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LARM Member News

Gering Fire Cadet Program

The City of Gering Fire Department encourages youth to volunteer their services in the community through the Cadet Firefighter Program held each year for 12th grade Gering students.

It’s an intense program, set up in 2017 for teens who are committed to regularly attend firefighter and rescue trainings and meetings, pass firefighter competencies and then respond to emergencies. There is a capacity of 12 participants in the program although with COVID restrictions this year, there are currently six cadets.

“The Firefighter Cadet program educates our youth on the importance of fire service, critical EMS skills, firefighting skills and overall emergency response. After learning various skills, Cadets are able to respond to emergencies under a firefighter’s direct supervision,” said City of Gering Fire Chief Nathan Flowers. Flowers is the only paid member of the 38-member volunteer fire department in Gering. He said many of the current volunteer responders were Firefighter Cadets when they were in high school.

Once they are approved for the program Firefighter Cadets are given a program task book to work through that lists various fire service skills and standards protocol. Each section of the book must be signed by a supervising firefighter who attests to the Cadet’s competence in each of 40 skills within the areas of Fire Department Communications; Fire Ground Operations; Emergency Medical Operations; Emergency Vehicle Operations;  and Leadership.

The training program follows policy and procedures of the Gering Fire Department, the Firefighter 1 certification through the Nebraska State Fire Marshal Training Division, and Emergency Medical Technician (EMT) training through the National Registry of EMTs and the Nebraska Department of Health and Human Services.

The Cadets must also receive CPR and First Aid certification and know how to operate an automatic external defibrillator (AED).

Each Cadet receives one-on-one training in basic rescue operation skills such as operating a radio, using personal protection equipment, providing medical documentation, using the nozzles, hose and hydrants and even how to tie various knots. They pass the program only after proving they are competent in the main components of fire and rescue and can respond with the correct information when being tested in a personal interview with Flowers.

“Volunteerism, as a whole, has been on a decline. After 9-11, it went up and then it dropped off as people just don’t have the time anymore for volunteering. This program teaches the importance of giving back to the community through volunteer work even if the teen ends up volunteering with some other group in the community rather than the fire department,” Flowers said.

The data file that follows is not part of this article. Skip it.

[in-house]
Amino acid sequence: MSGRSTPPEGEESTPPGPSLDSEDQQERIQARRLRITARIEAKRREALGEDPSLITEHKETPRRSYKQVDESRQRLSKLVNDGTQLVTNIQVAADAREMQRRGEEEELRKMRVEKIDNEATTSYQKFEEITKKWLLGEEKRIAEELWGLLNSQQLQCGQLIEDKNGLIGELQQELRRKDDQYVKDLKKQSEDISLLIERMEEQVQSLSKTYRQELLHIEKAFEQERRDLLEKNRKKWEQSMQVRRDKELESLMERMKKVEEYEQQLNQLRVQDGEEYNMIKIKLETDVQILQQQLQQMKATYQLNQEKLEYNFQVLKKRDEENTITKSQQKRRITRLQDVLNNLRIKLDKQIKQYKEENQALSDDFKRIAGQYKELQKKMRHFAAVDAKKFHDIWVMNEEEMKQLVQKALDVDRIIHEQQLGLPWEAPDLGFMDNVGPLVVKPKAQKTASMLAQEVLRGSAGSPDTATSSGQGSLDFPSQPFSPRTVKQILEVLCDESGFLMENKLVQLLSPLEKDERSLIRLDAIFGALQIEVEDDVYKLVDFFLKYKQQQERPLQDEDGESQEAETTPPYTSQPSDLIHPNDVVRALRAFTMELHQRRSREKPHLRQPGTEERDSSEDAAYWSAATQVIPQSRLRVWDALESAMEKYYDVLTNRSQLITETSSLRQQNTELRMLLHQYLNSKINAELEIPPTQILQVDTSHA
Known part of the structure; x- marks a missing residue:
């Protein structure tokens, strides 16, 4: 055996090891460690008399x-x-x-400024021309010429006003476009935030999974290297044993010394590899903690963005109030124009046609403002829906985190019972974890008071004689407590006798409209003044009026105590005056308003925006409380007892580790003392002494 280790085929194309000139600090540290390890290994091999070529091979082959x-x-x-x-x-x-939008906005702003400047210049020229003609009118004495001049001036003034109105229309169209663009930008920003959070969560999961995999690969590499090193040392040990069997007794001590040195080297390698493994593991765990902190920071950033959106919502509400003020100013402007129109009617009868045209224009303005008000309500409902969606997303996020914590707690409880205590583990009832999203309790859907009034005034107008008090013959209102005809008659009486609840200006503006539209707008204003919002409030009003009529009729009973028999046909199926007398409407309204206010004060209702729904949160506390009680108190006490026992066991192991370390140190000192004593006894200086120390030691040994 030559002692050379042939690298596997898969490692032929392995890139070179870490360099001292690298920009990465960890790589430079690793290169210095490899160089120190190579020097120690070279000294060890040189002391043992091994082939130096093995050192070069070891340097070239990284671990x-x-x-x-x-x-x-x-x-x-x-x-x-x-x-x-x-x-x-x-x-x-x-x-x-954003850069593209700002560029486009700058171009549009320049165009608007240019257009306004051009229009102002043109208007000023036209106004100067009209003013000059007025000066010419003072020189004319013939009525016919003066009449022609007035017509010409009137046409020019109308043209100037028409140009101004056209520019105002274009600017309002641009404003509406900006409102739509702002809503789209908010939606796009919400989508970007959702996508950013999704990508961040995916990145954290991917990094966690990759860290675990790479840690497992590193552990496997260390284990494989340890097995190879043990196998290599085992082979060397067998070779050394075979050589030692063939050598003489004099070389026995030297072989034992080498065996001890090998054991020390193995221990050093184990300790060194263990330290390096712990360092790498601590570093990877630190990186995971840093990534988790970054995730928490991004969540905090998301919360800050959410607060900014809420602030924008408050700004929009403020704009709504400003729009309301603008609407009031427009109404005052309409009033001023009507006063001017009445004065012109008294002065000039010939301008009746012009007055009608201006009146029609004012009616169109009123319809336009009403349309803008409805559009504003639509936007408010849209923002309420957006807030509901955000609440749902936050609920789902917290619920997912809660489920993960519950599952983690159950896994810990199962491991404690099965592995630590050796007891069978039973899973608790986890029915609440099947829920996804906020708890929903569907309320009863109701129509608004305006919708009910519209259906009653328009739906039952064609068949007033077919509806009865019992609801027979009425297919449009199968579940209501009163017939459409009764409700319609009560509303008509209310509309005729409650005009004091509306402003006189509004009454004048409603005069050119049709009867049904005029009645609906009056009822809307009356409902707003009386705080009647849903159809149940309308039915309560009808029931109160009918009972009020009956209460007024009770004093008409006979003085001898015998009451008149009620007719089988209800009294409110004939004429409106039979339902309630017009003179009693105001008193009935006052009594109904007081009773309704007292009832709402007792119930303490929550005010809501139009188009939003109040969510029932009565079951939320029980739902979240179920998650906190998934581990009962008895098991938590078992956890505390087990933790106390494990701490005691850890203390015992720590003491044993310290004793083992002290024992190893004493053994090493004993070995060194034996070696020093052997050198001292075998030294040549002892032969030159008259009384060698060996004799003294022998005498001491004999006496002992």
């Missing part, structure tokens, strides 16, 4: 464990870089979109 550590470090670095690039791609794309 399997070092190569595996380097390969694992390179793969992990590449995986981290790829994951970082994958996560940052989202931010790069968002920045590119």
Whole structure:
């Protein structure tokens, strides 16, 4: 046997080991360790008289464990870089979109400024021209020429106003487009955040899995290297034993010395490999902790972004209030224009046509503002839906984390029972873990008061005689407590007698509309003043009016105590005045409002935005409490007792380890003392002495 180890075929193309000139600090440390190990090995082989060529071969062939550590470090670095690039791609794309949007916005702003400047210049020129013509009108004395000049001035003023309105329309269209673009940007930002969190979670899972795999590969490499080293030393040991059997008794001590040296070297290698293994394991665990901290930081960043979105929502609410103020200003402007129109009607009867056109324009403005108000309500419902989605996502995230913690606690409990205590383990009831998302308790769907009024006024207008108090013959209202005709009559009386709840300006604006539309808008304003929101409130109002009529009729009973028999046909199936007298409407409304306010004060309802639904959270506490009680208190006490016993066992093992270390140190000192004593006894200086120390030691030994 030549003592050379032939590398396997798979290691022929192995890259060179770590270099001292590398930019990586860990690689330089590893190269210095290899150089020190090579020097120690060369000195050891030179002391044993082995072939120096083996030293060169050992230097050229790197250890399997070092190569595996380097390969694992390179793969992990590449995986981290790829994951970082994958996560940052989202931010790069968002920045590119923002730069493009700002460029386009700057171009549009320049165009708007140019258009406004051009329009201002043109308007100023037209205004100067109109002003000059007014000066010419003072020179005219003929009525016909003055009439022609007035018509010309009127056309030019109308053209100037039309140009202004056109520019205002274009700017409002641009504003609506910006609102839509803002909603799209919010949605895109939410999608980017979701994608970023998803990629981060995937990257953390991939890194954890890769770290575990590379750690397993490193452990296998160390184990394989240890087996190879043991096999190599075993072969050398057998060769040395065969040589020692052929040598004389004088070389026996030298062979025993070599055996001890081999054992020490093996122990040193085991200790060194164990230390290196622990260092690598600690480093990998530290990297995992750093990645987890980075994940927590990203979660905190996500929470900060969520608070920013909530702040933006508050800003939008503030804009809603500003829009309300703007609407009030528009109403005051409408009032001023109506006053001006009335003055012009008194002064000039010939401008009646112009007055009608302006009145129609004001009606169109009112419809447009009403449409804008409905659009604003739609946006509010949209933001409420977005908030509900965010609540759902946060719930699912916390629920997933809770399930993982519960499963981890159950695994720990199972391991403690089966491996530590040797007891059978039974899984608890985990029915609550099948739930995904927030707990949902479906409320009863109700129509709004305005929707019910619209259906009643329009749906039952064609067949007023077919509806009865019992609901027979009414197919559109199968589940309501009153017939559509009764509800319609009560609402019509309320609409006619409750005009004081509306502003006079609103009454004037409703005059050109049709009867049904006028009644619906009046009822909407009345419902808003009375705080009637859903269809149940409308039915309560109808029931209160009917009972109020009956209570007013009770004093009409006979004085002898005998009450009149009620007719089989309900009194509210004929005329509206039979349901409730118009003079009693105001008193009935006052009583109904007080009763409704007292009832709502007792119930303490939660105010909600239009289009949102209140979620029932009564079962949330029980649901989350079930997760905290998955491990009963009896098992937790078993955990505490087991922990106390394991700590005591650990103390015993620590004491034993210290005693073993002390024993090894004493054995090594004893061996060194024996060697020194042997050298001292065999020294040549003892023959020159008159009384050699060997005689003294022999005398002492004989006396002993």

The program helps develop future leaders as an integral part of the program is set up so that the Cadet see the benefits of integrity, honesty, leadership and service to the community.

“We provide them with opportunities to lead action reviews in front of the entire group. They learn firefighting and rescue skills while also learning to be leaders in the community. We’ve had Cadets go into the medical field, paramedic school and nursing school,” Flowers said.

The League Association of Risk Management (LARM), a risk management pool for government entities in Nebraska, was instrumental in helping the City of Gering start the Fire Cadet program.

“LARM was a champion for us in setting up the Cadet Program. There was liability to consider and we wanted to make sure we had our bases covered,” Flowers said.

LARM Loss Control Manager Dave Bos agreed that teaching young people to volunteer is a valuable life skill for them and a great benefit for the community.

“We are all about risk management and teaching these kids how to contribute to the well-being of their communities is good for the whole state,” Bos said.

For more information about the City of Gering Fire Cadet Program visit their Facebook page at


Youth who volunteer in their Nebraska communities are healthier because of their activities. According to the Mayo Clinic, when volunteers serve others, they are also benefiting themselves. Volunteering has been shown to decrease the risk of depression; help people stay physically and mentally active; give a sense of purpose and teach valuable skills; reduce stress levels; help people live longer; and provide opportunities to meet others and develop relationships.

According to Youth Serve America, youth volunteerism improves workplace readiness. Youth who volunteer have 50% less chance to become involved in risky behaviors. Young people who volunteer are likely to give back when they are adults. Research has also shown that high quality service learning leads to academic success in the classroom.

“It is worth the time, effort and funds of city leaders to develop programs that will encourage youth to volunteer in their community. The young people who have a vested interest in park projects or fire training are more likely to volunteer to help with and support city programs when they are adults. They are also more likely to respect city property and have a more safe lifestyle,” said Dave Bos, LARM Loss Control Manager.